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Over the past thirty years Wicca has been explored by scholars in a variety of fields. Anthropologists have found within it fertile ground for a new investigation of magic, a subject which has appeared in anthropological literature since its beginnings as a discipline,1 and Wicca has appeared in the ethnographies of Paganism which have emerged in the last decade.2 Historians have regarded it as an 'undiscovered country', a religion or spirituality with little knowledge of its own origins and thus ripe for investigation.3 Sociologists have categorised it in terms of earlier studies of occult deviance,4 or have regarded it as a signifier of closure in the late/high modernism-postmodernism debate.5 The present book is primarily a work of cultural and religious history. This is partly as a result of assessing the literature on Wicca produced over the past twelve years, and partly as a consequence of looking back at my own contribution to that literature. In the former, I detected a distinct tendency to sublimate or otherwise negate the role of Christianity in the historical and contemporary contexts of Wicca.6 In the latter, I recognised traces of an interest in the various contributions to Wicca that might be accredited to Christianity. The present study thus had a long gestation period, which with hindsight I am now able to recognise.

My first academic conference was also one that I organised - Nature Religion Today, hosted by Lancaster University at their Ambleside centre in April 1996. Here, the Christian theologian Linda Woodhead presented a paper in which she outlined an argument suggesting that Wicca was not a new religion, but a new reformation. Also present was the Wiccan priestess and scholar Vivianne Crowley, who delivered a paper on Wicca as Nature Religion. In this paper, she discussed the attraction of Wicca, speculating 'that Wicca's emphasis on the feminine in the form of the Goddess and its use of ritual might be more novel and therefore attractive features to those of a Protestant background' (Crowley, 1998: 171). In the process of editing the book that emerged from the conference, I was reminded of this again and became increasingly convinced that there might be something in it. Possibly this was because my own religious upbringing had been within a Methodist church which seemed to me to be devoid of any ritual. At the same time, however, I was receiving responses to a questionnaire I had circulated in 1995 and 1996, which seemed to suggest that it was not just my own personal feelings and that there could be some truth in Crowley's assertion. Aside from the early modern association of witches with a conspiracy against Christendom, and the identification of 'Pagan' as non- or anti-Christian, I was also becoming aware of the prevalence of esoteric and heterodox Christianity among key figures in the occult world of late-Victorian England and fin de siècle France.7 In this world, only Aleister Crowley and Helena Blavatsky seemed virulently anti-Christian, and even in these cases fault was laid at the door of the Church rather than at the foot of the cross.

In a paper delivered at the Sociology of Religion conference held at Exeter University in April 2000, I therefore raised questions concerning the relationship between Wicca and Christianity. I had noted the very small number of respondents of Catholic background to my questionnaire, together with the fact that responses from Europe outside Britain arrived from Wiccans in Scandinavia, Germany and the Netherlands rather than Spain, Portugal and Italy,8 and this suggested that Vivianne Crowley's speculation might be correct. I sought to explore the relationship between Wicca and Christianity in two ways. The first was to outline the location of Wicca in the religious milieu of the late twentieth century, noting the spectrum of Wiccan responses to Christianity, from outright rejection to involvement in interfaith forums. The second was to provide a few examples of the ways in which Christianity and occultism were either combined or considered compatible by members of those magical orders which were influential in the development of Wicca. Since it formed only a small part of a much broader paper - later published as a chapter in an edited volume from the conference proceedings in 2003 (Pearson, 2003 a) - this exploration was limited to a section of just over a thousand words. It seemed to me, even at the time, to warrant deeper investigation.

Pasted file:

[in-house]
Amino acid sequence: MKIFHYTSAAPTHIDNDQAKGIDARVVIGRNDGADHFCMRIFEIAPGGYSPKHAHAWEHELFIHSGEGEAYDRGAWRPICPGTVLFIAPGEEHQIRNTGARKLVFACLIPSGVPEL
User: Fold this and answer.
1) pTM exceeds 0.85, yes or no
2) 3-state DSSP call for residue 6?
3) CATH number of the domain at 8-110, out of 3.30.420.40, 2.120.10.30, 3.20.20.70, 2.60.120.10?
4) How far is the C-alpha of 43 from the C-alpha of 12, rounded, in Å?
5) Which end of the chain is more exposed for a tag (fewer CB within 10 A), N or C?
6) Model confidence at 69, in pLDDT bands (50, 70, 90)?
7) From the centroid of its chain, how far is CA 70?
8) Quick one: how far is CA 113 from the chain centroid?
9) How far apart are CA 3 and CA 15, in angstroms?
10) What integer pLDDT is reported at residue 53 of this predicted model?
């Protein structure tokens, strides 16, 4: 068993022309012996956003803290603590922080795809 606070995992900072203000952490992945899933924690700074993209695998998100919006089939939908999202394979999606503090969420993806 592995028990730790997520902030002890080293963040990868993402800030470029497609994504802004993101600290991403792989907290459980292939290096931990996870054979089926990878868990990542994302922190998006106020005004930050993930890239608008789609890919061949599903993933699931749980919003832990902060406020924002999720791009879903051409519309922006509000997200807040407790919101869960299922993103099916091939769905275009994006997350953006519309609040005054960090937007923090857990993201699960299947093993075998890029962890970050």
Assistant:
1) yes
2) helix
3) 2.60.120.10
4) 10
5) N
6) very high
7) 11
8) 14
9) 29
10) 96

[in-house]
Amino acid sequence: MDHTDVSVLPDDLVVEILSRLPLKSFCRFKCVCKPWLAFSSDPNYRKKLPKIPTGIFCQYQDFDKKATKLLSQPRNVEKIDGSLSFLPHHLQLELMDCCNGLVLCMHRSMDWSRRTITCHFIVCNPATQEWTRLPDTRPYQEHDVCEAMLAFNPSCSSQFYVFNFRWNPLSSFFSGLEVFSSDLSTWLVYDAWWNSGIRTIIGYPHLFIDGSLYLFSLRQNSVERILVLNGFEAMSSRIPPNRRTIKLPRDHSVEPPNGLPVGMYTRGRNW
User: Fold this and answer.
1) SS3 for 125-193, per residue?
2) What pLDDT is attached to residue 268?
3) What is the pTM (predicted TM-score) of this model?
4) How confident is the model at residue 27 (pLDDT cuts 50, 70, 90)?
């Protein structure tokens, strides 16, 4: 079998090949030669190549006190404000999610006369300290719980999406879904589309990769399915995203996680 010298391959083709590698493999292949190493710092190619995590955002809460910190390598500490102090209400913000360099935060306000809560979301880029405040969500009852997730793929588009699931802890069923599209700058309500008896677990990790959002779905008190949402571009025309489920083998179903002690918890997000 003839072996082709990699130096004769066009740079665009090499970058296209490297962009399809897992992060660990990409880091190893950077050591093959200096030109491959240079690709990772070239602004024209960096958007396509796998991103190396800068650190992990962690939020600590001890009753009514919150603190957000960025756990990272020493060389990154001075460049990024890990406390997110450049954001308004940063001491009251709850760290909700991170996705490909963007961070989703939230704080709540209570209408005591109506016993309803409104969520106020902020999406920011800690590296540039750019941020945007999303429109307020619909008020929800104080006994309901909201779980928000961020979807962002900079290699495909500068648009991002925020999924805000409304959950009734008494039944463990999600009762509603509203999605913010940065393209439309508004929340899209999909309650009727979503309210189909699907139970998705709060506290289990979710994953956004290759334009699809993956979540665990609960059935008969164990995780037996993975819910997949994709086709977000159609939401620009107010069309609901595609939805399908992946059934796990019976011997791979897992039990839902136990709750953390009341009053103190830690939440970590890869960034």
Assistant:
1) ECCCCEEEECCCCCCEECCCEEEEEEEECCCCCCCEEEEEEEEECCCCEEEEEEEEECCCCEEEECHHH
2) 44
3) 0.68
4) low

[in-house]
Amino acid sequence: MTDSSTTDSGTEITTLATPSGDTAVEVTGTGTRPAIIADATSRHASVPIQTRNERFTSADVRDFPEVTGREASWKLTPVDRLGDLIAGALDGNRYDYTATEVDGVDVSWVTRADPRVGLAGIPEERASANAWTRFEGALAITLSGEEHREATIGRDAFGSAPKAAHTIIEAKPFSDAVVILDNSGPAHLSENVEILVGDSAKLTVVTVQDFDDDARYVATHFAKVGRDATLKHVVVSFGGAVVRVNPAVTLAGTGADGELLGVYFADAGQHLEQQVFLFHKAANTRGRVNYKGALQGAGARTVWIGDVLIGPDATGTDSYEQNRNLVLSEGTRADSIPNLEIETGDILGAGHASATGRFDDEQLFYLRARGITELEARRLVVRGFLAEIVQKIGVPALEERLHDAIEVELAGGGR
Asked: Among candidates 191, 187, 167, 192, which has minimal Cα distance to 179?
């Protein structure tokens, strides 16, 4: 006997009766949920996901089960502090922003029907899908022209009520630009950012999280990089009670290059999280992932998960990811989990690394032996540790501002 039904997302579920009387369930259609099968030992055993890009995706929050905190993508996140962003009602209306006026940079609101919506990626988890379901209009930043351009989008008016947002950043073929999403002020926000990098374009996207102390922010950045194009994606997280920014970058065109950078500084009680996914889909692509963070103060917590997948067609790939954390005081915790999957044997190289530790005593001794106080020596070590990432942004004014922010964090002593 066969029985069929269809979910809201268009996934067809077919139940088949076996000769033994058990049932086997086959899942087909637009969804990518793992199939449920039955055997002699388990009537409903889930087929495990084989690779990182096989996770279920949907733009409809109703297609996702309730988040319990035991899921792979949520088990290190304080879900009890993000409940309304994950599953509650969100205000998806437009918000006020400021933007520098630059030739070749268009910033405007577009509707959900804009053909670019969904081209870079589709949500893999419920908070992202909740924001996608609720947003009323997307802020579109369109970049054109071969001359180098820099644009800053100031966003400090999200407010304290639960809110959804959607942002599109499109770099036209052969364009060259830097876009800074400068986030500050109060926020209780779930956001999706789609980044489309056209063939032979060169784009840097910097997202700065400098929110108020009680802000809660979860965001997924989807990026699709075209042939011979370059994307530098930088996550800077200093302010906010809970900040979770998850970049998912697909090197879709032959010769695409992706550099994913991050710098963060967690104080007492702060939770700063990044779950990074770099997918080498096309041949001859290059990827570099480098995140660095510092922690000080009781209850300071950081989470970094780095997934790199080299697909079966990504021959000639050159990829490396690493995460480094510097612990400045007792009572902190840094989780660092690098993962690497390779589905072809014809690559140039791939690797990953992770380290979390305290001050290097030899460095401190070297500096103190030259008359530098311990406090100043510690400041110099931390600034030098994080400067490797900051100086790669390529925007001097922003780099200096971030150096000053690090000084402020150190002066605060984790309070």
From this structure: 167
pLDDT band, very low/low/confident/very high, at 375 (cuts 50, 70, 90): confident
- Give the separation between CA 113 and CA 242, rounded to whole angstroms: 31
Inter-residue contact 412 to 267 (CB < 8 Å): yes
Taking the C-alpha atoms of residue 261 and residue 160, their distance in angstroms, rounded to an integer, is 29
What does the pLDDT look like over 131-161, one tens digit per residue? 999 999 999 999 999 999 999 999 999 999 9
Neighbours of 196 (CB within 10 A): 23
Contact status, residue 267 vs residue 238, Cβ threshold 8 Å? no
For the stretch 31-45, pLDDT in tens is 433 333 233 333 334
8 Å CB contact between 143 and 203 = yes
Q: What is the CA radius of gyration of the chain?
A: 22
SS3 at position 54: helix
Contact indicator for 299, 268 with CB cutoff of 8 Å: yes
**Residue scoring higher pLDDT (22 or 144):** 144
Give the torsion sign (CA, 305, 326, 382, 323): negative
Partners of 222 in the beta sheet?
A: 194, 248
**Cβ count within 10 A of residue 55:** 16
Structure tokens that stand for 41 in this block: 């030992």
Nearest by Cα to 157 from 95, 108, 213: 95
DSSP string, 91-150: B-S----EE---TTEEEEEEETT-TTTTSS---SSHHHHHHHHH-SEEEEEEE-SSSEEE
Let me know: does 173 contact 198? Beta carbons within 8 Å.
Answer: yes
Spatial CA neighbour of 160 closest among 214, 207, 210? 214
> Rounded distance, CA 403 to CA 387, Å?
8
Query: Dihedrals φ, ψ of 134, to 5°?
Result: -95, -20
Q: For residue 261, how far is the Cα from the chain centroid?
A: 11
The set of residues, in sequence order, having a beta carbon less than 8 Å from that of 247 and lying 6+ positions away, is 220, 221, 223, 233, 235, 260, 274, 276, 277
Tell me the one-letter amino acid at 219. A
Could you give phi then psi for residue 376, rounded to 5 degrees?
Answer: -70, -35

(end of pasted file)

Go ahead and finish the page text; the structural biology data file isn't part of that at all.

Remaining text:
Processes of de-Christianisation in post-Revolutionary France and Victorian Britain have been well documented in scholarly and other literature.9 Likewise, the place of esoteric Christianity in the occult subculture of Britain and France from the late nineteenth to the mid-twentieth centuries has been included in studies of occultism, witchcraft and Wicca.10 What is left unnoted, however, is the prevalence of practising and lapsed Roman Catholics within this occult subculture, and the latter's overlap with Anglo-Catholicism and heterodox forms of Christianity. The first omission may well be in keeping with the general tendency in British scholarship to dismiss Roman Catholicism as irrelevant and to ignore its influence on the development of modern society. As David Blackbourn has pointed out, the Roman Catholic Church has been consigned to an historiographical ghetto for the past two centuries:

[h]istorians in the mainstream have commonly considered Catholicism, if they considered it at all, as a hopelessly obscurantist force at odds with the more serious isms that have shaped the modern age.11

(Blackbourn, 1991: 779)

This situation, as he notes, is now changing, with studies being produced which do concern themselves with the interaction between church, culture and society in the years after the French Revolution, and it is of course an essential component of the study of sixteenth-century Europe. However, it is as a result of the ascendancy of Protestantism in England during that century that the impact of Roman Catholicism has tended to be marginalised or ignored. It is perhaps unsurprising, then, that Roman Catholics and the Anglo-Catholic wing of the Church of England, equally as important elements in the Christian subculture of Victorian England as Christian esotericism, remain largely unconsidered in historical studies of Wicca's antecedents. Even less noticed are the heterodox variants of Christianity that also formed part of both the Christian and occult subcultures.